By Mike Staley
The 41st annual Fifth Third River Bank Run took place on Saturday and brought thousands of racers to downtown Grand Rapids.
The weather wasn’t ideal with temperatures in the low 40s at race time, but the rain was kind enough to hold off during the events. Races ranged from a 5K walk to a 25K run with many other races in between.
A group of eight ladies from Spectrum Health OB-GYN South Pavilion came out to walk the 5K and have a good time with their co-workers and promote health.
“Most of us, this is our first year out here,” said one member of the group. “We’re just looking to have a good time, team building, having fun together and just being healthy.”
There was a special 25K race that started shortly after the main 25K run. MyTeam Triumph saw teams of runners pushing people in specialized racing wheelchairs who weren’t able to run. Sabrina from Grand Rapids was part of one of these teams and explained why they were out competing in the race.
“We run for myTeam Triumph for those who aren’t able to run for themselves,” she said. Sabrina and her team were pushing their team captain Johannah, a 12-year-old from Benton Harbor. When asked what their goals were for the race, Sabrina jokingly said, “Ummm…12 minutes. Ya, so we’ll see.”
While some runners were racing for a cause, a lot of racers like Adam Weaver of Grand Rapids came out to hang out with their friends and have a good time.
“Awful! It was a 10K,” Weaver said about how the race went. “I’m just out here with some buddies. This was my first year. First, last and only.”
Even though Weaver had a rough time during the race, he had his biggest fan cheering him on. Weaver’s 10-year-old son, Nash, was holding a sign that read, “Dude, my dad is perfect.”
When asked how he thinks his dad did in the race, Nash simply said, “alright.”
“Tough crowd,” his dad said laughing.
Andrew Vriesema, 27, of Holland, ran the 25K in previous years but decided it was time for a change this year and chose to compete in the 10K.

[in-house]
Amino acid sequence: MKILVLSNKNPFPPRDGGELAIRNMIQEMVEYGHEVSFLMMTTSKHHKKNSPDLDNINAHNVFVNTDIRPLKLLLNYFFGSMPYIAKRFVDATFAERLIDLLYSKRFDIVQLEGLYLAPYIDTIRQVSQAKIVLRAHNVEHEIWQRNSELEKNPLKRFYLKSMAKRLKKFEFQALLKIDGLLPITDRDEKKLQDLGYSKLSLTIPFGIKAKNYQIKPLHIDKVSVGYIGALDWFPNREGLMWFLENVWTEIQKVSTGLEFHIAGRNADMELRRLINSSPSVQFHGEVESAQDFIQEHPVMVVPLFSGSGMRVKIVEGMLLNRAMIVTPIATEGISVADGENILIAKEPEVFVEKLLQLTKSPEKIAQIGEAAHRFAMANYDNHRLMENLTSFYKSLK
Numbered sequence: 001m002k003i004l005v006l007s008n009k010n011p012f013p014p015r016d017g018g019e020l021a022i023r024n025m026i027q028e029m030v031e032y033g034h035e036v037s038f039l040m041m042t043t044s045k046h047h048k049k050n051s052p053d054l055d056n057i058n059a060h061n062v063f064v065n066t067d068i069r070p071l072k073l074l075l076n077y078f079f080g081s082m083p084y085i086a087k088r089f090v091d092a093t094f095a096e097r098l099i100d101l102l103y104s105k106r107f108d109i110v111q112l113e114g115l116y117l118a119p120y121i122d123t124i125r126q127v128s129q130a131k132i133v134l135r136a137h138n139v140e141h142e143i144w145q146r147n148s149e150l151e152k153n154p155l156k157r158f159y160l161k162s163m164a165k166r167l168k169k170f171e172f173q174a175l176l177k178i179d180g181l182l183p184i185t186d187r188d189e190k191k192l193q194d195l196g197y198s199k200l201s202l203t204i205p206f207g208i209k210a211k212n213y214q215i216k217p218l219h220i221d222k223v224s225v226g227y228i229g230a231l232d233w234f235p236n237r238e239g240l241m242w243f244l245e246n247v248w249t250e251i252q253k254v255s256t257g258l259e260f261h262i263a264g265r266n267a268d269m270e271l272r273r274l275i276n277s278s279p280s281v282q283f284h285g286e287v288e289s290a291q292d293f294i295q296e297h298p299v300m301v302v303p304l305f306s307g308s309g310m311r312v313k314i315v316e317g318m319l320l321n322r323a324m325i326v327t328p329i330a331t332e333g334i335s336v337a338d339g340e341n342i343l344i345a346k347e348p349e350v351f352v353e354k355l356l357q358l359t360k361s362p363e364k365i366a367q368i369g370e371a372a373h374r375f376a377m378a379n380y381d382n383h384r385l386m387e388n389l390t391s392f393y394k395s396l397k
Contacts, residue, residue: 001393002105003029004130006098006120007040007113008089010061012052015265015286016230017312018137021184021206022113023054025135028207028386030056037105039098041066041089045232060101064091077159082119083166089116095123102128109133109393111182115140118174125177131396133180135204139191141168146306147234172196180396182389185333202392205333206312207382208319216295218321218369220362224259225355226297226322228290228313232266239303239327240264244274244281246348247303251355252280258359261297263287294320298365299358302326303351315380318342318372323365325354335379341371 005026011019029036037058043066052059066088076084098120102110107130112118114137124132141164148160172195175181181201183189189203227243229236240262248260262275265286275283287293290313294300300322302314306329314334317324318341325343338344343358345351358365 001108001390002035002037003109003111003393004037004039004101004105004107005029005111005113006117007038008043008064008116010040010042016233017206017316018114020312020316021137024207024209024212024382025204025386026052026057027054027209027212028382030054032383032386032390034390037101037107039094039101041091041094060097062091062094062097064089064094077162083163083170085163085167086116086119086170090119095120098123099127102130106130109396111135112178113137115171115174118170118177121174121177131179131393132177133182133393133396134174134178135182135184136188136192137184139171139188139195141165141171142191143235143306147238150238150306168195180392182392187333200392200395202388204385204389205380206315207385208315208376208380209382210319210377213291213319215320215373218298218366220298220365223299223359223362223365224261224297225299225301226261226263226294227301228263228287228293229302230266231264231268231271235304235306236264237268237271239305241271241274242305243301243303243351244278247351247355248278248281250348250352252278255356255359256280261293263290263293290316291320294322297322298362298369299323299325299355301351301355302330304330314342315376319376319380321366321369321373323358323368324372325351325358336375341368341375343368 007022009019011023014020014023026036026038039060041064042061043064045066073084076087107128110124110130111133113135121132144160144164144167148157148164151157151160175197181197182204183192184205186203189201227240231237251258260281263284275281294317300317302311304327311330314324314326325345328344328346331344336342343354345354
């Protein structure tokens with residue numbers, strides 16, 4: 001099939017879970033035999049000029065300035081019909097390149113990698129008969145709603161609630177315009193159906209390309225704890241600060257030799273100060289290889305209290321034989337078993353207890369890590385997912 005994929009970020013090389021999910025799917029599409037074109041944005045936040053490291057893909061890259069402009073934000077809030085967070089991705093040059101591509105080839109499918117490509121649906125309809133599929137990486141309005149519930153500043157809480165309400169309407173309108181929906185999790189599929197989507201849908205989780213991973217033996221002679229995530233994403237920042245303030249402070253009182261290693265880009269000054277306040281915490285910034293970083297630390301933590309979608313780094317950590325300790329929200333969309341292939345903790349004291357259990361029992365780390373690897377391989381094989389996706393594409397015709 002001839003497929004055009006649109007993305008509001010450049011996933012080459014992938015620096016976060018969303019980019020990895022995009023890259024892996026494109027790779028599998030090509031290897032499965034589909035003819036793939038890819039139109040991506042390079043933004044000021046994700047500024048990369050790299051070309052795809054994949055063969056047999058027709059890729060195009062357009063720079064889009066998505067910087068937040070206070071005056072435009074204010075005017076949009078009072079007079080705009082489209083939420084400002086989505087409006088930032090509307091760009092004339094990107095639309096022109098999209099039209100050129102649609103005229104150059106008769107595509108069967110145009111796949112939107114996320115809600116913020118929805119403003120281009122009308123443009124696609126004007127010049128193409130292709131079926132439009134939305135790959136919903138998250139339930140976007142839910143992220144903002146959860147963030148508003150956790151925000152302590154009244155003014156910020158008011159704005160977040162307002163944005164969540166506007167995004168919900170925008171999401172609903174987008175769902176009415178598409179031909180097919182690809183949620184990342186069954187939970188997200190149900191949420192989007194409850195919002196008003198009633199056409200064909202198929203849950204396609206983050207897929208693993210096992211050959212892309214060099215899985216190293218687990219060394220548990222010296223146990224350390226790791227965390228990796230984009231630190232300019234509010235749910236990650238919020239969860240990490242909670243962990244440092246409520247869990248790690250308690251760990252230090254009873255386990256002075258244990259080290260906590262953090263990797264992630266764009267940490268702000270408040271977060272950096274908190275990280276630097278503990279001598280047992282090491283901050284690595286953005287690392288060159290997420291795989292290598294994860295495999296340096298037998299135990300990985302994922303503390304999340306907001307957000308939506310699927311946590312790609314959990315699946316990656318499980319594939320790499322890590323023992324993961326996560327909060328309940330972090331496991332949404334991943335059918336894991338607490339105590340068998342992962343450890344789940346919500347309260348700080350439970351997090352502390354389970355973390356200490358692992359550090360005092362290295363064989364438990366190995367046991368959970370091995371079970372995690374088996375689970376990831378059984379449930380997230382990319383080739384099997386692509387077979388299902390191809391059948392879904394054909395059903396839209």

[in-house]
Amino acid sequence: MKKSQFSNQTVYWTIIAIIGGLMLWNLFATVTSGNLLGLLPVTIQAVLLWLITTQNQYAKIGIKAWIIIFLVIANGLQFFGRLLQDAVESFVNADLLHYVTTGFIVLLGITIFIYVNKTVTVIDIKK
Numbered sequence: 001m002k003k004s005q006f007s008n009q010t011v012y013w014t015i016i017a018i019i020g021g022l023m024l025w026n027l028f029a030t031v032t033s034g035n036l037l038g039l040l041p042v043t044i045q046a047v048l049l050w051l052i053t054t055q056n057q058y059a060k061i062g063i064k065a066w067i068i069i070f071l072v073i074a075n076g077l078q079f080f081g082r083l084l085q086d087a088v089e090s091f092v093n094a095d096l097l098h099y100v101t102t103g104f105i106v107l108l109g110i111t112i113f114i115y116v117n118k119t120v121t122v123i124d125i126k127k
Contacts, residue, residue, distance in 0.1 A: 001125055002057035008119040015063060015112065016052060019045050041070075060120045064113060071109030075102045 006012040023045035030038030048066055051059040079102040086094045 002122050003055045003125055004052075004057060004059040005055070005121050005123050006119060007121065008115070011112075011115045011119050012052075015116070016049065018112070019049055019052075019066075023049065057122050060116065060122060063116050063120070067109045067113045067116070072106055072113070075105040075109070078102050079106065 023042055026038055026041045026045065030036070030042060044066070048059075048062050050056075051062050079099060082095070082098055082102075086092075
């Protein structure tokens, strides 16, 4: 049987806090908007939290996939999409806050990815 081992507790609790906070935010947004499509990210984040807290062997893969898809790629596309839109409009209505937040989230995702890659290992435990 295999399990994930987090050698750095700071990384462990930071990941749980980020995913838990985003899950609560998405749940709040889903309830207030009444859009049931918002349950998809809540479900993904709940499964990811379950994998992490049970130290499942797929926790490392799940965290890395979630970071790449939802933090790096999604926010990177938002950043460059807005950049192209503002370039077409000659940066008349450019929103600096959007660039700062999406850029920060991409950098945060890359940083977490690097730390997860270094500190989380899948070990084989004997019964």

“I think I did well,” Vriesema said. “I haven’t checked my official time yet, but I felt good. I ran the 25K a few years ago but this is the first time I’ve run the 10K. The 25K was a bit too long for me, so I figured I’d step it down a little bit.”
Running a race takes great physical and mental stamina, but one spectator decided to try and lighten the mood and held up signs that got a chuckle out of racers as they passed by.
Clyde Waltenbaugh, of Rockford, was cheering on his fiancée, and held up a sign reading, “I ran once, it was awful.” The backside of that sign said, “My girlfriend just ran by you.”
Waltenbaugh explained that his lively signage was intended to inspire.
“It’s kind of motivational,” Waltenbaugh said. “I want to get them kind of relaxed, you know run out there and have some fun and enjoy it while you’re out there.”
Waltenbaugh wanted to help ease the pressure of the runners, but was mainly focused on supporting his fiancée.
“I could be hunting today,” Waltenbaugh said. “But, it’s a big deal for her for me being at the races ‘cause she knows I support her so much. I always have to catch her at the finish. It’s a lot of fun.”
Competitors came from all over the country to compete. The events saw local winners as well as national ones.
Tom Davis of Fremont, Mich. took home first place in the 25K hand cycle race. He finished in 38:15. Davis strolled away from the rest of the competition finishing four and a half minutes in front of second place.
The 25K wheelchair race also saw a dominant performance. Aaron Pike of Savoy, Ill. won the race finishing in 56:30. Second place didn’t cross the finish line for another two minutes and 38 seconds.
Sam Chelanga of Colorado Springs, Colo. won the men’s 25K with a time 1:14:52, just barely eking out victory over Scott Fauble of Flagstaff, Ariz. by three seconds. The women’s 25K saw a familiar face in the winner’s circle. Aliphine Tuliamuk of Flagstaff, Ariz. won the women’s 25K for the third straight year. She finished with a time of 1:25:34 with second place finishing 21 seconds behind her. Both Chelanga and Tuliamuk took home a prize of $10 thousand for their victories on Saturday.
Isaac Mukundi of Lansing, Mich. wasn’t satisfied competing in just one race, so he entered in the men’s 5K and 10K. Mukundi swept both races finishing the 10K in 31:26 and the 5K in 15:14. McKenzie Diemer of Caledonia won the women’s 10K finishing just two seconds over 39 minutes.
While most of the competitors in the races were adults, one racer stood out from the rest of the pack.
Clara James-Heer, 11, of Forest Hills won the women’s 5K with a finishing time 17:52. That time was good enough to place her at 14 out of all the racers who competed in the 5K. In the 41-year history of these races, she is the youngest known winner of any race.
All the top 10 finishers in each race and category were posted online after the race and can be seen here.
This story was updated at 10:20 p.m., May 14, 2018.